US stock fu­tures were point­ing to a drop of about a 2% for Wall Street later, less than half the 5% they had been warn­ing of in Asian trade.

Trade risks As forex mar­kets reeled, South Korean au­thor­i­ties were thought to have in­ter­vened to steady their cur­rency, and deal­ers won­dered if cen­tral banks glob­ally would step in to calm nerves.

Ja­pan’s top cur­rency diplo­mat sig­nalled Tokyo’s readi­ness to in­ter­vene if nec­es­sary as the surg­ing yen threat­ened to snuff out its frag­ile eco­nomic re­cov­ery.

The scale of the scare was clear in the Mex­i­can peso, which plunged more than 13% against the dol­lar at one point in the big­gest daily move in two decades.

It was still down 9% by 9.45am GMT.

“A lot of Trump’s neg­a­tive geopo­lit­i­cal rhetoric was con­cen­trated around Mex­ico and trade with Mex­ico and tear­ing up Nafta [the North Amer­i­can Free Trade Agree­ment], so the peso just be­come this nat­u­ral barom­e­ter of the election,” said Deutsche Bank emerg­ing-mar­ket forex strate­gist Gau­tam Kalani. “What hap­pens now though is all up in the air.”

The risk of a global trade war like­wise ham­mered cur­ren­cies across Asia, with the Aus­tralian dol­lar lead­ing the rout.

The story was very dif­fer­ent against the safe-haven yen, with the US dol­lar shed­ding as much as 3.3% to ¥101.85. The euro jumped 2.3% to $1.1278 as well — al­though both were some way from their highs in Europe of ¥103.51 and $1.1108 for the euro.

Un­cer­tainty Asian stocks took the big­gest blows, with MSCI’S broad­est in­dex of Asia-pa­cific stocks out­side Ja­pan fall­ing 2.3% and the Nikkei in Tokyo clos­ing down 5.4%.

A wealthy real-es­tate de­vel­oper and for­mer re­al­ity TV host, Trump rode a wave of anger to­ward Wash­ing­ton in­sid­ers to win the White House race against Clin­ton, the Demo­cratic can­di­date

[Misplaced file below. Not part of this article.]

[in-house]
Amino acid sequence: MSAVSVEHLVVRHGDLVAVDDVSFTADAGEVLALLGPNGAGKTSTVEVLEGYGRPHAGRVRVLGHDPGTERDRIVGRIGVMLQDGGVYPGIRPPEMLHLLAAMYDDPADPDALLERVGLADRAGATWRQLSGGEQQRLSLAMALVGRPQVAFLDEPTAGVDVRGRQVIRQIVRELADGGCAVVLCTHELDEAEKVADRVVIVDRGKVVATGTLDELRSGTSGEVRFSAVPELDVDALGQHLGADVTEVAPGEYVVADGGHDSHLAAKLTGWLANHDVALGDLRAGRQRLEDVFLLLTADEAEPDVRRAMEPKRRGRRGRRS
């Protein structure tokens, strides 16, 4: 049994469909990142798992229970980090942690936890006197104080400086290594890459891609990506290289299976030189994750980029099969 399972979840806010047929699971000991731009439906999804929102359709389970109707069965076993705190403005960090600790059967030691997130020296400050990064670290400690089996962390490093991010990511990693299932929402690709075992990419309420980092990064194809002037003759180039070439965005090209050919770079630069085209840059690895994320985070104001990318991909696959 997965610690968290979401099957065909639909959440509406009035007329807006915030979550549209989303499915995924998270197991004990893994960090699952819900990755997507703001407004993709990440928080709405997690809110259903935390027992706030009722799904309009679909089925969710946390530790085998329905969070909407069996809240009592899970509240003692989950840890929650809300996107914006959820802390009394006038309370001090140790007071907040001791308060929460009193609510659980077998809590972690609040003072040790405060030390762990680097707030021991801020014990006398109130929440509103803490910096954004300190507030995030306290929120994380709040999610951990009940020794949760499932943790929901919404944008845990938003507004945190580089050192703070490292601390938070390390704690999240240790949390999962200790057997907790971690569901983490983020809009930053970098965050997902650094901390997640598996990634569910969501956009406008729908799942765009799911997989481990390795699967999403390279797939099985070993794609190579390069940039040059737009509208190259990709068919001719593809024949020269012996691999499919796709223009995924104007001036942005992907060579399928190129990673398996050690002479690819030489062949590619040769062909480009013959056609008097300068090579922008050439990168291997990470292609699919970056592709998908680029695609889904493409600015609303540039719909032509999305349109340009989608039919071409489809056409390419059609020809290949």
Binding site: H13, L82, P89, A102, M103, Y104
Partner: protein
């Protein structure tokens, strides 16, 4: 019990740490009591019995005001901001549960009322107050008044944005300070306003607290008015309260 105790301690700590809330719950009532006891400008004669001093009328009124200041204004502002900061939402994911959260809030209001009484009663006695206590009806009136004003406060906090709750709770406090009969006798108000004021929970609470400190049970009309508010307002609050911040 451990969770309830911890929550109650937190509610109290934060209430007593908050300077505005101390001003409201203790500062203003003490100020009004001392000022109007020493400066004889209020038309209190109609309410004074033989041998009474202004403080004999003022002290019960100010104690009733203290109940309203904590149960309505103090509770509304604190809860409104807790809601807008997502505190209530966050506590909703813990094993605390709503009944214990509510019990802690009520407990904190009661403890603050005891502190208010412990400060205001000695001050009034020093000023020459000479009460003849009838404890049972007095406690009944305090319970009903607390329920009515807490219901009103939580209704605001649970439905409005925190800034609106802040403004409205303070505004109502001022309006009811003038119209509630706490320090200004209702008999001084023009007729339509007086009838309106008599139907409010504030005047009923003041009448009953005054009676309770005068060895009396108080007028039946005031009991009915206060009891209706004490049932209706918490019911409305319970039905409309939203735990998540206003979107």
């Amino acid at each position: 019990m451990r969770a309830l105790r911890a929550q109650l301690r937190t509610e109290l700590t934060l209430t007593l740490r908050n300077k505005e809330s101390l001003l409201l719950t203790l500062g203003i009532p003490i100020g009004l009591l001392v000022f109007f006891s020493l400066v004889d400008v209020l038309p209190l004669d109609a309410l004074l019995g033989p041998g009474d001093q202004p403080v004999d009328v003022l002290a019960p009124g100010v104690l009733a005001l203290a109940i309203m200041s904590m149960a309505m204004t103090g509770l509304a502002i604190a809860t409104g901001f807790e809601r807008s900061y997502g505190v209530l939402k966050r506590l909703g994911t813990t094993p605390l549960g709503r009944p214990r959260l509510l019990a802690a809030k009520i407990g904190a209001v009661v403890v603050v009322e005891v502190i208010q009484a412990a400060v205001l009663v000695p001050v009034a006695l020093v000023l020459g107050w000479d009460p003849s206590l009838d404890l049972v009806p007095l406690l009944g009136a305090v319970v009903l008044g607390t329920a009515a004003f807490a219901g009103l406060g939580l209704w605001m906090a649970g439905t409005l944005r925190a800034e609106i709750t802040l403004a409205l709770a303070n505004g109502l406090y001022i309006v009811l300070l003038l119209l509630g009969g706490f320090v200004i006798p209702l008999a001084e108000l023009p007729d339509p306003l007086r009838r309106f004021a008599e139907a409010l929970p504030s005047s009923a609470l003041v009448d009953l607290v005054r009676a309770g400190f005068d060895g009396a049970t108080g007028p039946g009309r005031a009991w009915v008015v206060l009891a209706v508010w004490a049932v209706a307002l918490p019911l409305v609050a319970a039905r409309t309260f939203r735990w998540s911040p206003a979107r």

whose gold-plated es­tab­lish­ment re­sume in­cluded stints as a first lady, US se­na­tor and sec­re­tary of state.

Mar­kets had favoured Clin­ton as a sta­tus quo can­di­date who would be con­sid­ered a safe pair of hands at home on the world stage. An­a­lysts had no such cer­tainty about Trump whose pow­ers could be bol­stered by the Repub­li­can’s con­trol of the Se­nate.

“With Brexit we had one bad day but this is dif­fer­ent. This is what’s scary about putting the most pow­er­ful po­si­tion in the world in the hands of a man who many be­lieve is tem­per­a­men­tally un­sta­ble,” said Don­ald Selkin, chief mar­ket strate­gist at Na­tional Se­cu­ri­ties in New York.

“His tax cuts could open up a huge in­crease in the bud­get deficit and his trade sanc­tions could in­ter­rupt world trade. This could put us in a re­ces­sion.”

Sov­er­eign bonds flew ahead, push­ing yields on 10-year US trea­sury notes down as much as 12 ba­sis points to 1.75% at one point, again the largest drop since the Brexit vote, only to whip right back up 1.87% in Euro­pean trade.

In com­mod­ity mar­kets, safe-haven gold saw big swings too, ini­tially climb­ing 3.5% to $1,320/oz as the dol­lar slid, but then slid­ing back to set­tle below $1,300.

Oil dropped on con­cerns over the global eco­nomic out­look.

US crude shed $1.30 to $43.68 a bar­rel at its low­est, while Brent fell $1.15 to $44.89 be­fore claw­ing back to $45.50 bar­rel.

— Reuters

Newspapers in English

Newspapers from Lesotho

© PressReader. All rights reserved.